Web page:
Archbishop Viganò has been weaponized at this point, with or without his consent, by President Trump.

Public letters released by Archbishop Viganò since 2018 have included these charges:

Pope Francis is overseeing a gay mafia of bishops who are “sabotaging all efforts at reform.”
The imposition of protection measures during the Covid-19 pandemic “is a disturbing prelude to the realization of a world government beyond all control.”
An “an odious technological tyranny” was on its way, “in which nameless and faceless people can decide the fate of the world by confining us to a virtual reality.”
In “recent months we have been witnessing the formation of two opposing sides that I would call Biblical: the children of light and the children of darkness.”
The thousands of Black Lives Matter protests in the United States “were provoked by those who, seeing that the virus is inevitably fading and that the social alarm of the pandemic is waning, necessarily have had to provoke civil disturbances, because they would be followed by repression which, although legitimate, could be condemned as an unjustified aggression against the population.”
“Just as there is a deep state, there is a deep church, that betrays its duties and forswears its proper commitments before God.”
Archbishop Gregory and others who have objected to President Trump’s use of Christianity’s most sacred symbols as political props are “subservient to the deep state, to globalism, to aligned thought, to the New World Order which they invoke ever more frequently in the name of a universal brotherhood which has nothing Christian about it, but which evokes the Masonic ideals of those [sic who] want to dominate the world by driving God out of the courts, out of schools, out of families, and perhaps even out of churches.”

Archbishop Viganò has himself been weaponized at this point, with or without his consent, by President Trump. It is surely not going to stop with that one painful tweet or the latest letter from the archbishop. The two men are of a piece. The danger is that one is a fringe figure publishing on fringe platforms, and the other is the president of the most powerful (and most lethal) nation the world has ever known.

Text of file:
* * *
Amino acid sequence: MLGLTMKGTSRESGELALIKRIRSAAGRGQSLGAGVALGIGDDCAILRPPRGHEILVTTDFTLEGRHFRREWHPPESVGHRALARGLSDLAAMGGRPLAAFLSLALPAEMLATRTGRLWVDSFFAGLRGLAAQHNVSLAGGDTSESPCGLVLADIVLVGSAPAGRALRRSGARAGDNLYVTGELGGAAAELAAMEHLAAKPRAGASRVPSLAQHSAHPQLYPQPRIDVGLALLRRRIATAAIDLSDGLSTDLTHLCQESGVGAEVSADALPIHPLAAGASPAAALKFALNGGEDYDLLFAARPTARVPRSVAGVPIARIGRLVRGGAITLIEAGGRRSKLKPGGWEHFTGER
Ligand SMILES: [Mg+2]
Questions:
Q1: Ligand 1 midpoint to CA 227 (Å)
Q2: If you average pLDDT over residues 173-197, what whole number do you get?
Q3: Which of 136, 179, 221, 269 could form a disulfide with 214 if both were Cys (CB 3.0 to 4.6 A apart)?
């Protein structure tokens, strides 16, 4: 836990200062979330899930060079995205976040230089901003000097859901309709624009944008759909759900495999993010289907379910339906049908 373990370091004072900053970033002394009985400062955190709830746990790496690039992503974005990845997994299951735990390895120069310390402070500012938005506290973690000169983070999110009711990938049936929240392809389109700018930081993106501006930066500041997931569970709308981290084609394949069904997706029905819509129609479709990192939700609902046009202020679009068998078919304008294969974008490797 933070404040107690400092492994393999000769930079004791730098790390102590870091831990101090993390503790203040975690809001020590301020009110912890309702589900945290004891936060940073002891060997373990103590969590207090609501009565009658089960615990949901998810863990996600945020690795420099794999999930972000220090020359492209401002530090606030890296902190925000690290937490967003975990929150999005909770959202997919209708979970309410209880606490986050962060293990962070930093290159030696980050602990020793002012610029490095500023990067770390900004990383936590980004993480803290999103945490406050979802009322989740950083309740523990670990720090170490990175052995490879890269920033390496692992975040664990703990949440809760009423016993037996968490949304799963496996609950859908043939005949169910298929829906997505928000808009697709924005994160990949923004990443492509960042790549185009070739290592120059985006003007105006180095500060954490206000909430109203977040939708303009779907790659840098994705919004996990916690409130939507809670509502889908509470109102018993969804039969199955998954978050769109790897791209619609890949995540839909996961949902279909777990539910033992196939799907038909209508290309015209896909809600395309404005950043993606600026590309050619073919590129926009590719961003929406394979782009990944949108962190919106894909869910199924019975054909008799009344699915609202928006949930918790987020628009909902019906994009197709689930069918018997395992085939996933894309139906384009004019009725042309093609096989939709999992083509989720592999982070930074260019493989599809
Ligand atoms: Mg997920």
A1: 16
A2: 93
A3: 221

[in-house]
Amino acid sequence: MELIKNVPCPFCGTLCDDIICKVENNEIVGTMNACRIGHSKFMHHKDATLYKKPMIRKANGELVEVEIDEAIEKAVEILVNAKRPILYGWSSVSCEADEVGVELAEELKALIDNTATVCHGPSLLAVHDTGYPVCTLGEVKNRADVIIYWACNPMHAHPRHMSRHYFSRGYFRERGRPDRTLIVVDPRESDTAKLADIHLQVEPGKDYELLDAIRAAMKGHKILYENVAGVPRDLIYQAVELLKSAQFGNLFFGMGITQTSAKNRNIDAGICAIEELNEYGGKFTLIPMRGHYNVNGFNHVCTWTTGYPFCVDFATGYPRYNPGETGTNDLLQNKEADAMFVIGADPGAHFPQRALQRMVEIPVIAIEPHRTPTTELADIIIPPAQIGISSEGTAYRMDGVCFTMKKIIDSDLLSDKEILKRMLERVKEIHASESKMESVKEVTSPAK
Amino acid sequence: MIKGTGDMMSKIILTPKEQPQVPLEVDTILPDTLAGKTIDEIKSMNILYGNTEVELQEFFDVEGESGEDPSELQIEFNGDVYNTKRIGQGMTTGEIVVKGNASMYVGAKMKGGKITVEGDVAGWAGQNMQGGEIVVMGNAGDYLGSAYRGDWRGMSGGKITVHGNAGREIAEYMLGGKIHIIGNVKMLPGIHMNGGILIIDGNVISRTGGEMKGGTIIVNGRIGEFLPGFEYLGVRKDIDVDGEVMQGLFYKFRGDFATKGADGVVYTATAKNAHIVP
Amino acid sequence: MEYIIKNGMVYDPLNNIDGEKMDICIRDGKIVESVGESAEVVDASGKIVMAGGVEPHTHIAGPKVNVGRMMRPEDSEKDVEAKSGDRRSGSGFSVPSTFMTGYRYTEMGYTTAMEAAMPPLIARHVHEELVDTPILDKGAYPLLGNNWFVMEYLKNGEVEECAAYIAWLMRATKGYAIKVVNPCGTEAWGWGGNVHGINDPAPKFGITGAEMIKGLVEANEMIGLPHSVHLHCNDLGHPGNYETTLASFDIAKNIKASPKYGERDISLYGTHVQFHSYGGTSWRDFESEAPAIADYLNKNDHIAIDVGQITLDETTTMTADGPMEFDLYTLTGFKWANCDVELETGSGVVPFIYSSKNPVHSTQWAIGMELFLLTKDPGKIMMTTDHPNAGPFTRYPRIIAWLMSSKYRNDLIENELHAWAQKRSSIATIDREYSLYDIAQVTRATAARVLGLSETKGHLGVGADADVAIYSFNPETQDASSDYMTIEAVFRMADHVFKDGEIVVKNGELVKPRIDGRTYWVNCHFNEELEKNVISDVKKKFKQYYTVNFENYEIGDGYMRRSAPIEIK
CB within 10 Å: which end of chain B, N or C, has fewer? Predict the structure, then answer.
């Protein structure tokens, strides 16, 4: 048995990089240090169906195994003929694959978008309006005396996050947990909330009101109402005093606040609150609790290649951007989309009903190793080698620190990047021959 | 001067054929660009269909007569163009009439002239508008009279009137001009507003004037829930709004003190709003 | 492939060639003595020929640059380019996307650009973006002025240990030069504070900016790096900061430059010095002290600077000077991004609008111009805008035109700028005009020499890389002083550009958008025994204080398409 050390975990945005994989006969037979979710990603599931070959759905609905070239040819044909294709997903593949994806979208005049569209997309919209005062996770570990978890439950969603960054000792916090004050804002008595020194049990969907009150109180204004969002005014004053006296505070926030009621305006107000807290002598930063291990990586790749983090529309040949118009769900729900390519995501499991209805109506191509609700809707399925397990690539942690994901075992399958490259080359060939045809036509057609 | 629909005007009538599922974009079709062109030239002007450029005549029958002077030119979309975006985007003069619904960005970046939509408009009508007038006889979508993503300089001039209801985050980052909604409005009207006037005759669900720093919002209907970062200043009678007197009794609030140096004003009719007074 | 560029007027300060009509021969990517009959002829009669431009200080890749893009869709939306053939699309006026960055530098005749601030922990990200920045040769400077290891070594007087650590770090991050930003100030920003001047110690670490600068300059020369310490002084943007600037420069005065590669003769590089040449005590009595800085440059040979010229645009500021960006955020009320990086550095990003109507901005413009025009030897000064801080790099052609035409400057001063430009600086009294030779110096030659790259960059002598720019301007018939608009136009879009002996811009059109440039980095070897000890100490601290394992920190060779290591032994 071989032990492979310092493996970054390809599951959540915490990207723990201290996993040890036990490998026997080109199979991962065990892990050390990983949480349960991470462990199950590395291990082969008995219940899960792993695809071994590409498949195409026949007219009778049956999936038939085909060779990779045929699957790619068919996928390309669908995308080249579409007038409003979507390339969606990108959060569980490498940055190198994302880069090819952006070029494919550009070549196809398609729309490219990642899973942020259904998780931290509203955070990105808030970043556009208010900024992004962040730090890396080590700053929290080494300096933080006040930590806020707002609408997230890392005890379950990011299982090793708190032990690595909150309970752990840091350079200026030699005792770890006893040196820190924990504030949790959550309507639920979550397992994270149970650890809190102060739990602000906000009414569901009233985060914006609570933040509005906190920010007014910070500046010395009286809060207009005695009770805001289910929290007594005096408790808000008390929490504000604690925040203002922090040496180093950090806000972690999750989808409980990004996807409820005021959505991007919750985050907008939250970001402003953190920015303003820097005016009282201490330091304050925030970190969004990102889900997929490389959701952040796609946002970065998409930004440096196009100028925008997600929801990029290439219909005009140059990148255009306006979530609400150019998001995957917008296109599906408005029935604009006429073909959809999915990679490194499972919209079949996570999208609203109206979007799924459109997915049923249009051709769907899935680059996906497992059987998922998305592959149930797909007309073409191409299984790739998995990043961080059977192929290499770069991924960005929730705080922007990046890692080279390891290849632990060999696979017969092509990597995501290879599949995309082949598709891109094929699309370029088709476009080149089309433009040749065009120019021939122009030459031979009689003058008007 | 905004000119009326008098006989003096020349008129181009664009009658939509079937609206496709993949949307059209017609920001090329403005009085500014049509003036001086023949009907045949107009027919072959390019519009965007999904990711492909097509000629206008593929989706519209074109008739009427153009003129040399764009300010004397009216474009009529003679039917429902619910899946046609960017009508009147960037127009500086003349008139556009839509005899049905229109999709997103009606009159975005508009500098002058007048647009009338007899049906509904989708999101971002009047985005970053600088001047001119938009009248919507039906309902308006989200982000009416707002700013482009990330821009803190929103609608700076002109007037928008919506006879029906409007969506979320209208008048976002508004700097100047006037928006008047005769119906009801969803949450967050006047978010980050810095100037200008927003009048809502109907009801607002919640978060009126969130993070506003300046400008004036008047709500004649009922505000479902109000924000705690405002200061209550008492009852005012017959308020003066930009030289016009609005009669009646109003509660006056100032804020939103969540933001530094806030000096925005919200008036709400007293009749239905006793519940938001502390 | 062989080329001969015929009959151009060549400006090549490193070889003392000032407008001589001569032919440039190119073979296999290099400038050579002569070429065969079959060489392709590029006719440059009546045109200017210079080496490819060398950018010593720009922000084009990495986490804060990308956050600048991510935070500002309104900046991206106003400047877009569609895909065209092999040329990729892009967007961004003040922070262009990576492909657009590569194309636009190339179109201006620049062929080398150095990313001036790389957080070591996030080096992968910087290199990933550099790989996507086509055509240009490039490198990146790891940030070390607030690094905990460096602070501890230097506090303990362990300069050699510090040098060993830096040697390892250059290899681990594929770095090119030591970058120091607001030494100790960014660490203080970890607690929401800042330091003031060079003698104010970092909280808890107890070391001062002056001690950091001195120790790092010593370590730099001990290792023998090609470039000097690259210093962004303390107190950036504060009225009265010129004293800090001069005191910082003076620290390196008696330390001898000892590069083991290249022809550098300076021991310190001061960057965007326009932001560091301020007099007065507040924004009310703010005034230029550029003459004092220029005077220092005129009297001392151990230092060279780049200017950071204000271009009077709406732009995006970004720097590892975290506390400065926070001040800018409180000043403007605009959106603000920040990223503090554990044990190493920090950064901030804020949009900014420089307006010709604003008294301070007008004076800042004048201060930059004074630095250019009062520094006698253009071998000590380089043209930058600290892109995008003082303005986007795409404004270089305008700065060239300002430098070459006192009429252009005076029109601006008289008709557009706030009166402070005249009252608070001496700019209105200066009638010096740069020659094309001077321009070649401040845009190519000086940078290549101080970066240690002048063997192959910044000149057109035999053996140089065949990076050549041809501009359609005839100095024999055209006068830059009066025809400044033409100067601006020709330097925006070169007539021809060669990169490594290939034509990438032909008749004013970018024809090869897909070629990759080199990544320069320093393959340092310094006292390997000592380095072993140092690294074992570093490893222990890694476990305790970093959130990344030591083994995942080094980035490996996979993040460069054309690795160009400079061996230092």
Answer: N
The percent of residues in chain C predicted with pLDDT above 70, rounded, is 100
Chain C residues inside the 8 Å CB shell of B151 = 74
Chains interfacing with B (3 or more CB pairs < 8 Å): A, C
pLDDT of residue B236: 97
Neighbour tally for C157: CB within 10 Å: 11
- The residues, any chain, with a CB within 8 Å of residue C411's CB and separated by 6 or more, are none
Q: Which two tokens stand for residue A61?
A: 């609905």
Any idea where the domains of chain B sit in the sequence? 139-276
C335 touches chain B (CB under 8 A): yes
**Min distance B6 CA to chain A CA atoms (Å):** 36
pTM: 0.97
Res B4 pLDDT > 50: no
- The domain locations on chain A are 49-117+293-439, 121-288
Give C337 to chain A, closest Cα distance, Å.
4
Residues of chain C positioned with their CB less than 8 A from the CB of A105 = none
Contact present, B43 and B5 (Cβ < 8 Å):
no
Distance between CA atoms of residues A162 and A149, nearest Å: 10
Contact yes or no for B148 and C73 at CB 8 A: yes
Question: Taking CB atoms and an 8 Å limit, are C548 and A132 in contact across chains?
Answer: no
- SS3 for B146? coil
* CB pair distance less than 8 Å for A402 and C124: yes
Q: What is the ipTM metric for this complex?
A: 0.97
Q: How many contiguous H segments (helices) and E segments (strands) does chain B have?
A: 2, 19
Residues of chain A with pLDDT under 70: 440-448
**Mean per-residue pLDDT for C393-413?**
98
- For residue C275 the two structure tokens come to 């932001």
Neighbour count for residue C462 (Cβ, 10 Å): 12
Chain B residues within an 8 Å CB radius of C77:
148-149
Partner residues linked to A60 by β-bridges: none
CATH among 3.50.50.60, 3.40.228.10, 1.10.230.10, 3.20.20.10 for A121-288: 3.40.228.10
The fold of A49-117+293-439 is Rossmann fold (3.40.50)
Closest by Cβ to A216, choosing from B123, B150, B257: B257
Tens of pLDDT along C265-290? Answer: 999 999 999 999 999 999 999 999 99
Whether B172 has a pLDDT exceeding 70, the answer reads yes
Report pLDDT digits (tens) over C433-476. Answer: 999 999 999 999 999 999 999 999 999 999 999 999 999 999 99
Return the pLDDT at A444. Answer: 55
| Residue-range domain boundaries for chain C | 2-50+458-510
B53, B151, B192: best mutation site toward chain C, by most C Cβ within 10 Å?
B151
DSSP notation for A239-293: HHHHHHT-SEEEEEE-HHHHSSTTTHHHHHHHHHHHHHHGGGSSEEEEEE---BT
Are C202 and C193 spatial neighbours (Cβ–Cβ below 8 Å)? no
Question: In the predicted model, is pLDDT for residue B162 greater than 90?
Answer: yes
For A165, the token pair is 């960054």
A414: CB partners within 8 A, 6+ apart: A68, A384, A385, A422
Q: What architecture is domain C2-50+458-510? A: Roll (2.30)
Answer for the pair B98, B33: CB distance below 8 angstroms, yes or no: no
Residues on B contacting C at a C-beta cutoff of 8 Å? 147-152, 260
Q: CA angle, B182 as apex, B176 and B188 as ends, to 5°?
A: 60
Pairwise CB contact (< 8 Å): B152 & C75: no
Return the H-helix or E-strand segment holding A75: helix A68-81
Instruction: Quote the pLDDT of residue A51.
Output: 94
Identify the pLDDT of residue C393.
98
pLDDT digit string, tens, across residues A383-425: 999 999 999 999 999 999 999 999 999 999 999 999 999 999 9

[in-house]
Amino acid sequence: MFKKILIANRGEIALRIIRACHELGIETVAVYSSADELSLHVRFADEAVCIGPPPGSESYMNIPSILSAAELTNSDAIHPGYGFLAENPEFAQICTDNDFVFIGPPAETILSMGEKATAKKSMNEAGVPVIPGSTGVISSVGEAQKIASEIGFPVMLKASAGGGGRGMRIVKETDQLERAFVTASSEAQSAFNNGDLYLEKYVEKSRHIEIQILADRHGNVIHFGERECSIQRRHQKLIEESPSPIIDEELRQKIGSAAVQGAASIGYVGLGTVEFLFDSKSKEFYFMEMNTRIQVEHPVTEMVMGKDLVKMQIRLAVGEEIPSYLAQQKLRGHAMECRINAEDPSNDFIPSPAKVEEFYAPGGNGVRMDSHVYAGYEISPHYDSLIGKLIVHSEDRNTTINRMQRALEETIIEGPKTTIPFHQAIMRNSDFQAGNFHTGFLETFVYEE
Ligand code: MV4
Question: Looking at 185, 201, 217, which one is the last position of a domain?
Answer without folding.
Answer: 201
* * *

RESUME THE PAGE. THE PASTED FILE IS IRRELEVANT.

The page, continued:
Perhaps the tell, if it were not already clear, comes later in Archbishop Viganò’s latest letter:

For the first time, the United States has in you a President who courageously defends the right to life, who is not ashamed to denounce the persecution of Christians throughout the world, who speaks of Jesus Christ and the right of citizens to freedom of worship. Your participation in the March for Life, and more recently your proclamation of the month of April as National Child Abuse Prevention Month, are actions that confirm which side you wish to fight on. And I dare to believe that both of us are on the same side in this battle, albeit with different weapons.

The pandering rhetoric and precise references to Mr. Trump’s political speaking points suggest to us what is really happening here. Archbishop Viganò, marginalized by his own rhetoric, wants to stay in the public spotlight by whatever method possible. In this case, it is by yoking his cause to that of President Trump. But this tells us more about Archbishop Viganò than it does about the Catholic Church or President Trump or anything else, and thus answers only unimportant questions. Our response at this point should be the one that so baffled us when Pope Francis first adopted it in August of 2018: Pay this man no attention.

Editors' note: A previous version of this article incorrectly identified Archbishop Jean Jadot as a Roman Catholic cardinal and as a papal nuncio to the United States. He was the apostolic delegate to the United States, as the office was not elevated to a nunciature until President Ronald Reagan did so in 1984.

The latest from america

In this exclusive interview with Gerard O’Connell, the Gregorian’s American-born rector, Mark Lewis, S.J., describes how three Jesuit academic institutes in Rome will be integrated to better serve a changing church.
Gerard O’ConnellApril 22, 2024
Speaking at a conference about the synod in Knock, County Mayo, Cardinal Mario Grech, secretary-general of the synod, said that “Fiducia Supplicans,” will not affect the forthcoming second session of the Synod on Synodality.
Speaking with Catholic News Service before formally taking possession of his titular church in Rome April 21, Cardinal Christophe Pierre described the reality of the church in the United States as a “paradox.”
Listen to Gemma’s homily for the Fifth Sunday of Easter, Year B, in which she explains how her experience of poverty in Brazil gave radical significance to Christ’s words: “Make your home in me as I make mine in you.”
PreachApril 22, 2024